By Miriam Raftery
August 10, 2017 (San Diego) – Fraud, falsified documents and conspiracy to defraud a bank are among the crimes for which FBI investigators obtained a warrant and sought evidence during a February raid at offices of the treasurer for Congressman Duncan Hunter’s campaign, the San Diego Union-Tribune reports.
Hunter (R-Alpine) has been under investigation for allegedly spending tens of thousands of dollars of campaign funds improperly on personal expenses. But the warrant indicates federal agents had expanded their investigation to look into whether Hunter also made false statements to First National Bank in order to obtain credit card refunds on video game purchases.
Computers and other records were reportedly seized from Election CFO, where Chris Marston, Hunter’s campaign treasurer, works. Attorney Jason Torchinsky has said that Marston and another Election CFO employee, Brenda Hankins named on the search warrant, have “Cooperated fully with all government inquires” and that they have no reason to believe they are subjects of any investigation.
Large charges for video games on Hunter’s campaign credit card prompted the Union-Tribune to launch an in-depth investigation. Hunter claimed the video games were mistakenly purchased on a card similar in appearance to his personal card. However, reporting by Union-Tribune reporter Morgan Cook revealed a pattern of questionable purchases charged to Hunter’s campaign, including a family vacation to Italy, expensive jewelry purchases, charges to an oral surgeon and his son’s school, among others.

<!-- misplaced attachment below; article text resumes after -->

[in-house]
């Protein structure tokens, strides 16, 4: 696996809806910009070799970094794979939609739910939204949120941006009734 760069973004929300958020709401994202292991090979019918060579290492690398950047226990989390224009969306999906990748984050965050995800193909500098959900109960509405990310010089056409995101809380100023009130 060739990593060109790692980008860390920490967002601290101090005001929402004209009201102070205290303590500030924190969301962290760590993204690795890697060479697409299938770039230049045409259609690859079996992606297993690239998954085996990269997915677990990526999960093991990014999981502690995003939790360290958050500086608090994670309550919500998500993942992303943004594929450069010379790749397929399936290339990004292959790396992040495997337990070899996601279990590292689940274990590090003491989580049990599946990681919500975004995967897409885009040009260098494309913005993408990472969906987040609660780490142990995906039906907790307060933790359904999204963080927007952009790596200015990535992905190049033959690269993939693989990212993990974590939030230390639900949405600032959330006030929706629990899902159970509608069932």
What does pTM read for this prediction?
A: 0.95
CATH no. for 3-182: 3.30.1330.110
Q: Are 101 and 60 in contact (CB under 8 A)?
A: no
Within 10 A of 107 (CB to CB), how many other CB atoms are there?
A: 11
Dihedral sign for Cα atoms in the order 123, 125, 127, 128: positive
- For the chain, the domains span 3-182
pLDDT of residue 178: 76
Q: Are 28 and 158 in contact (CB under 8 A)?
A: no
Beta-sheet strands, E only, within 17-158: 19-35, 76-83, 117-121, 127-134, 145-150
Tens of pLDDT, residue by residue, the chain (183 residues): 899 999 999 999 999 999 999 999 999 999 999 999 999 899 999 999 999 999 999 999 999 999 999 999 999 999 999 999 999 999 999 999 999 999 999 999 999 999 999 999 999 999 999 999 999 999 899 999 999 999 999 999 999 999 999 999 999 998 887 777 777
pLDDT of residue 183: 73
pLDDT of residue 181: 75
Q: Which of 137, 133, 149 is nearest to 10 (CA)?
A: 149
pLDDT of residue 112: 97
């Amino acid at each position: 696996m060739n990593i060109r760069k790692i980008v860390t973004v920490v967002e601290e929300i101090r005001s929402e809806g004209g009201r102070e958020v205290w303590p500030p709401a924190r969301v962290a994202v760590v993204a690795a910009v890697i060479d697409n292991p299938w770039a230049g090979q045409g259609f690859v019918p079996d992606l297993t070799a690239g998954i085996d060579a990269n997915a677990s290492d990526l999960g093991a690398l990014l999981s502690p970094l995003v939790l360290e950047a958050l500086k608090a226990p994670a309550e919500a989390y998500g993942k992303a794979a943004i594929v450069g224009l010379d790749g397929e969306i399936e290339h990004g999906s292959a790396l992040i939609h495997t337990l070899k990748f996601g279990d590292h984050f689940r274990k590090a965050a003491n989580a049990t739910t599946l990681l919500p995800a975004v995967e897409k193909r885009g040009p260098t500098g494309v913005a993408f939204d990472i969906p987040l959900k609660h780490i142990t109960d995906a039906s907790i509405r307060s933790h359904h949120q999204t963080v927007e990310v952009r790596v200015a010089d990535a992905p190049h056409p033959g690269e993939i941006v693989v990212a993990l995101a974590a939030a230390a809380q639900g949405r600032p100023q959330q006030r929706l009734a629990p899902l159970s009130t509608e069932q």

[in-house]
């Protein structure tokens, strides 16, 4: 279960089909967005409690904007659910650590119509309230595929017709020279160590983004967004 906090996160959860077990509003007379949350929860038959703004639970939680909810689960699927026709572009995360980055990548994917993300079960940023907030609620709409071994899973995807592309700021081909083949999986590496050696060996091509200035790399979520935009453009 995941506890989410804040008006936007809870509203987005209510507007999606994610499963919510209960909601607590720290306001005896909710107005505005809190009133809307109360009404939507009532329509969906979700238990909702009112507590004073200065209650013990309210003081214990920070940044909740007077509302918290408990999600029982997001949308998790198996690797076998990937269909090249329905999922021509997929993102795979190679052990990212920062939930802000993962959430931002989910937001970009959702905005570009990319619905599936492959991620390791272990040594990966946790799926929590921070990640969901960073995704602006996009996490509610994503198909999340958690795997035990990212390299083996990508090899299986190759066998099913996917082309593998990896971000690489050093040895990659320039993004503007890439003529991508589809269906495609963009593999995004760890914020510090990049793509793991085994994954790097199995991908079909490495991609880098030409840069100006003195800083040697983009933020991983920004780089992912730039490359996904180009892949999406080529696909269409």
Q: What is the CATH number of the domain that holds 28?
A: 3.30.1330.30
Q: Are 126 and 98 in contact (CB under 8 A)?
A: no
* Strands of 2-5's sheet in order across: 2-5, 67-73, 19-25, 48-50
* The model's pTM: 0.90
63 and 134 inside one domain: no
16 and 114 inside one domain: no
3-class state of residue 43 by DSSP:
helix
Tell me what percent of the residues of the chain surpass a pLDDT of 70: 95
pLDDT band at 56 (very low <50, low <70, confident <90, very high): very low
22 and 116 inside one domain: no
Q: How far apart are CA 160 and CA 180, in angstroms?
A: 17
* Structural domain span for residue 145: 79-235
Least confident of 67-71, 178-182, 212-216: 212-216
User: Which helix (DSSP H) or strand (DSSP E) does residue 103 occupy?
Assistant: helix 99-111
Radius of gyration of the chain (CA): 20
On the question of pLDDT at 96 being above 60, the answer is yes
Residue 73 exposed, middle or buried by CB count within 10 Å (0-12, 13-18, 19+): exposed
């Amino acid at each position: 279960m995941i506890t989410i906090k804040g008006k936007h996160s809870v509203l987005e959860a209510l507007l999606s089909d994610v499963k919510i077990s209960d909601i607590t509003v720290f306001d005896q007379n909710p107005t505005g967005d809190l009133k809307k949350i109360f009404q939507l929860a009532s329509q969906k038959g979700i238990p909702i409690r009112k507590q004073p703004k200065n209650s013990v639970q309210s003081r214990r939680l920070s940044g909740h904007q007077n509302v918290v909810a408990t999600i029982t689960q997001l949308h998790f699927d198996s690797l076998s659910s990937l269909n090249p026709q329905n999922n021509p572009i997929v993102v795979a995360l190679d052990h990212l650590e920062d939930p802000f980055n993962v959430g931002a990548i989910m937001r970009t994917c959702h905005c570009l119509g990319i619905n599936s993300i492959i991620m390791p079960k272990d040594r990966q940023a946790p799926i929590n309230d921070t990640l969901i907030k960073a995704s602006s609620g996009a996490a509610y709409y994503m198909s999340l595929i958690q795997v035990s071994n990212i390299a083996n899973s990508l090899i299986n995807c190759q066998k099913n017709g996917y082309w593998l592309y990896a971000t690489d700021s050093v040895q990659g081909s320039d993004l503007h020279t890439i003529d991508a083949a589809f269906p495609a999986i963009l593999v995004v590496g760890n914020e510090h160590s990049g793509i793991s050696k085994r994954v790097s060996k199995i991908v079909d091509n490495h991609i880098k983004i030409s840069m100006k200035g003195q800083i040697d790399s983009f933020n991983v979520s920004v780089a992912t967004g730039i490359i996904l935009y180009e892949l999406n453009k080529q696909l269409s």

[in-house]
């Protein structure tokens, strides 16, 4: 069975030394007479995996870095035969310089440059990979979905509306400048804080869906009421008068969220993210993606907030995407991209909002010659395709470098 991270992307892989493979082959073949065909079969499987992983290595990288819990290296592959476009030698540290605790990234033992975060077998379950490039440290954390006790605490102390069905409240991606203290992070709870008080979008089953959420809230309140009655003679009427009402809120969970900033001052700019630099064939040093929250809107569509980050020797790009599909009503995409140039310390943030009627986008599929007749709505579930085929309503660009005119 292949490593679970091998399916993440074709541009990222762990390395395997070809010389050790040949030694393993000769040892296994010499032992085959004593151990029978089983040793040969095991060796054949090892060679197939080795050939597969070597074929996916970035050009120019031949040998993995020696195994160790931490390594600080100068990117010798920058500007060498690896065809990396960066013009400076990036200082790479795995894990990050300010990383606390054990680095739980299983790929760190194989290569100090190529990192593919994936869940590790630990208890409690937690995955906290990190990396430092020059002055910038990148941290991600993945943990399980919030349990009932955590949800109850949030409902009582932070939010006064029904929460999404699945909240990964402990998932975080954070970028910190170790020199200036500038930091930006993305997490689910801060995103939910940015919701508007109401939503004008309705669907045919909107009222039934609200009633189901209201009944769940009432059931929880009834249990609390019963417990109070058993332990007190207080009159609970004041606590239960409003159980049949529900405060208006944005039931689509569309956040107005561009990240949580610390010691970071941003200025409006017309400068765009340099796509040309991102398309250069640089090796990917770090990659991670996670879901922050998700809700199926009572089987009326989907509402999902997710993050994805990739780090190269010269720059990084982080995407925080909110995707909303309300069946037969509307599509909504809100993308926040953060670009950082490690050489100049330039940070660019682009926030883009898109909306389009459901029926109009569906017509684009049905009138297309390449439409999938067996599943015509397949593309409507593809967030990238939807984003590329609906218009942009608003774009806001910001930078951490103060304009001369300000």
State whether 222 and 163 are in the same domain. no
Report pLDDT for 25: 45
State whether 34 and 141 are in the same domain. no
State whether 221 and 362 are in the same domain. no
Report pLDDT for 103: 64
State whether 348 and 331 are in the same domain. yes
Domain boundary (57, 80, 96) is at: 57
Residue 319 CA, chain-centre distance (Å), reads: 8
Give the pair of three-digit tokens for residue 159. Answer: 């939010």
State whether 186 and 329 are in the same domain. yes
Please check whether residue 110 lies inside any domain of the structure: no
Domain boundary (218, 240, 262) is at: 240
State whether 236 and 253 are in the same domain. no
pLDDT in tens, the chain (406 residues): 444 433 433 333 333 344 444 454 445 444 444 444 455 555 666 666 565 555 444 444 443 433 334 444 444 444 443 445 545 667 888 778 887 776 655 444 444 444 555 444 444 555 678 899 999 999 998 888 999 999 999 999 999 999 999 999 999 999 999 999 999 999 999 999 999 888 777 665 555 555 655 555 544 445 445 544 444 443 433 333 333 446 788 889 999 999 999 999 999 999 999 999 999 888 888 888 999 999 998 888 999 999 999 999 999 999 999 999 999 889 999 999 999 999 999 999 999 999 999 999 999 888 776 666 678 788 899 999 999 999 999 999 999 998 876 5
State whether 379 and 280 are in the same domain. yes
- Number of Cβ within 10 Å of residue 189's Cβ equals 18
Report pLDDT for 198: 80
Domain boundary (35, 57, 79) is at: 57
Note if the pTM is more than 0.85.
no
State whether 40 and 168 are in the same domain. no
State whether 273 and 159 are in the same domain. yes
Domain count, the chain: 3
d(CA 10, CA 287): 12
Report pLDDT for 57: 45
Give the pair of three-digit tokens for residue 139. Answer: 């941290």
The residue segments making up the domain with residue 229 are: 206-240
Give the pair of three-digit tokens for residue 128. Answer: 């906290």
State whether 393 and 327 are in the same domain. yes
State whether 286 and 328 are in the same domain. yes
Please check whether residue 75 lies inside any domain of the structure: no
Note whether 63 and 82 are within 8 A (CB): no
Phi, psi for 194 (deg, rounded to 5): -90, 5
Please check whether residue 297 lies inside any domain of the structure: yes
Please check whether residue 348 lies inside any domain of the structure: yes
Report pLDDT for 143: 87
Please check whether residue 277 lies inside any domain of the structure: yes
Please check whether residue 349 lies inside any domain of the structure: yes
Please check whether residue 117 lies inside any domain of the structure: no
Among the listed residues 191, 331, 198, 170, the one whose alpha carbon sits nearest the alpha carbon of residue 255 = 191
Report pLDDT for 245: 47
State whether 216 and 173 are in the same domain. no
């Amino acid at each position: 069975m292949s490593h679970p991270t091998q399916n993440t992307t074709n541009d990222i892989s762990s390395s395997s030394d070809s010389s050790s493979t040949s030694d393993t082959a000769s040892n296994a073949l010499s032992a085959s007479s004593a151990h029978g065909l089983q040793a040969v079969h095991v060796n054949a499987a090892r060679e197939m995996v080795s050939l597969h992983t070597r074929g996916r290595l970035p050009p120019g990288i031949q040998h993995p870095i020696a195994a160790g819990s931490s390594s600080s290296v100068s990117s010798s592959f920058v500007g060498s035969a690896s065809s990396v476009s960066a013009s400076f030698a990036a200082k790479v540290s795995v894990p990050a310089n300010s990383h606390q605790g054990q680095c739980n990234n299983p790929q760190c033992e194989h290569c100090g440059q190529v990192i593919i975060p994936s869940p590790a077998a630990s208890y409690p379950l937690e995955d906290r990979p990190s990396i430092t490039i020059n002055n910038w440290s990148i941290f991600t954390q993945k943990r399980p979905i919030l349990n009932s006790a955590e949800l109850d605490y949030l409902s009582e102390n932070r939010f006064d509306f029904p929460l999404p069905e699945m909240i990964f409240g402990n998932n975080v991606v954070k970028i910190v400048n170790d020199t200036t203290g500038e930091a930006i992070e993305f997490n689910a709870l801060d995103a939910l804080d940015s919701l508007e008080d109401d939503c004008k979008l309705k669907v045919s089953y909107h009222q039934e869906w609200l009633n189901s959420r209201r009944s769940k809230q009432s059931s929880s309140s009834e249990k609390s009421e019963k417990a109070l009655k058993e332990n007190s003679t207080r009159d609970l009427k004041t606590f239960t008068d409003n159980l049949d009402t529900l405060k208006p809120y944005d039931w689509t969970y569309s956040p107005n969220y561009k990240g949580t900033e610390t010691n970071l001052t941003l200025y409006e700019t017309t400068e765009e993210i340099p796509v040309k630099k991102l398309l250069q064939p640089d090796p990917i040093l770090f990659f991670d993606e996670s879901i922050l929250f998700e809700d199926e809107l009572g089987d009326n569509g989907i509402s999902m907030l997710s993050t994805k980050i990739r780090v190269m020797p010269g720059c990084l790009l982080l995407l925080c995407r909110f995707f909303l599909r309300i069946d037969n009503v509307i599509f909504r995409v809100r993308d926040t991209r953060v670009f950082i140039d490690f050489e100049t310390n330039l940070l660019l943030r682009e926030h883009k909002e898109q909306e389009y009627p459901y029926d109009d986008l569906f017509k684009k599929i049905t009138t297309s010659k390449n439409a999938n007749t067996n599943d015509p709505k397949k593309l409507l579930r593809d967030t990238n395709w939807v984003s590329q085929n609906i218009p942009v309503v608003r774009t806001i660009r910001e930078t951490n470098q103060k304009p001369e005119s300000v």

Hunter has denied wrongdoing and his spokesman has attributed errors to sloppy bookkeeping. But Hunter did later repay his campaign more than $60,000, securing a bank loan to do so. He has not responded to inquiries from multiple news outlets including ECM for comments on the warrant disclosures.
Others named in the warrant seeking communications records included Hunter’s wife, Margaret, aide, Joe Kasper, chief of staff Victoria Middleton, and former office manager/scheduler Caroline DeBeikes.
The search warrant filings were first disclosed this morning by George Washington University researcher Seamus Hughes. But Politico reports, court personnel told a Politico reporter that the records were not supposed to be made public but were released because of an error and have now been removed from the court’s public records system.
But Politico concludes, “The search warrant suggests the FBI’s investigation into Hunter has taken a serious turn. While the records do not include the arguments the FBI made to obtain the warrant, investigators must show probable cause to raid private property.”
The FBI’s February raid in the Virginia offices of Hunter’s treasurer occurred shortly before witnesses told Times of San Diego in March that they saw FBI agents in Hunter’s El Cajon Congressional district office.